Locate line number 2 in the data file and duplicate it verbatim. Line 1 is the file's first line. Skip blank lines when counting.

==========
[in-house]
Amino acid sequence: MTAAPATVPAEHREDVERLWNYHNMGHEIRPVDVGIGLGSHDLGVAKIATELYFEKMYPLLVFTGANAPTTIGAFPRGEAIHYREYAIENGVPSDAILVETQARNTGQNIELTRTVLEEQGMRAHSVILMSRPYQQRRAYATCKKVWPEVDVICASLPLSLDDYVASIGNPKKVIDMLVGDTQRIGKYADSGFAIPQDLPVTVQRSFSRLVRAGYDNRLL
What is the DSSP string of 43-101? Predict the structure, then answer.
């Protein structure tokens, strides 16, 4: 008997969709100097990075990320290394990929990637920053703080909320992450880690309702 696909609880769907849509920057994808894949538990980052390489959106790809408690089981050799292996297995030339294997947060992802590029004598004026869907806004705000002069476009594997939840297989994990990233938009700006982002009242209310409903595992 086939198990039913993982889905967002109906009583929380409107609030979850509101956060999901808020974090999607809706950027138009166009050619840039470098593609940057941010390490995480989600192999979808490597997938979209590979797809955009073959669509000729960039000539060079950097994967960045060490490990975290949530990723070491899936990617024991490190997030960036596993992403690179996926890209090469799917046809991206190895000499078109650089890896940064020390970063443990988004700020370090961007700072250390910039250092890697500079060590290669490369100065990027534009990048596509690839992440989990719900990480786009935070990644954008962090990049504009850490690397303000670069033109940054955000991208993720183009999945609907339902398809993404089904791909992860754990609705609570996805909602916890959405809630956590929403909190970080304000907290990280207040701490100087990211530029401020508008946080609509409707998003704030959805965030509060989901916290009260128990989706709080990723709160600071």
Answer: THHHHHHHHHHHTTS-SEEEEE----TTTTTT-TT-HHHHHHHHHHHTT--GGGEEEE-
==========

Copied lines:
Amino acid sequence: MTAAPATVPAEHREDVERLWNYHNMGHEIRPVDVGIGLGSHDLGVAKIATELYFEKMYPLLVFTGANAPTTIGAFPRGEAIHYREYAIENGVPSDAILVETQARNTGQNIELTRTVLEEQGMRAHSVILMSRPYQQRRAYATCKKVWPEVDVICASLPLSLDDYVASIGNPKKVIDMLVGDTQRIGKYADSGFAIPQDLPVTVQRSFSRLVRAGYDNRLL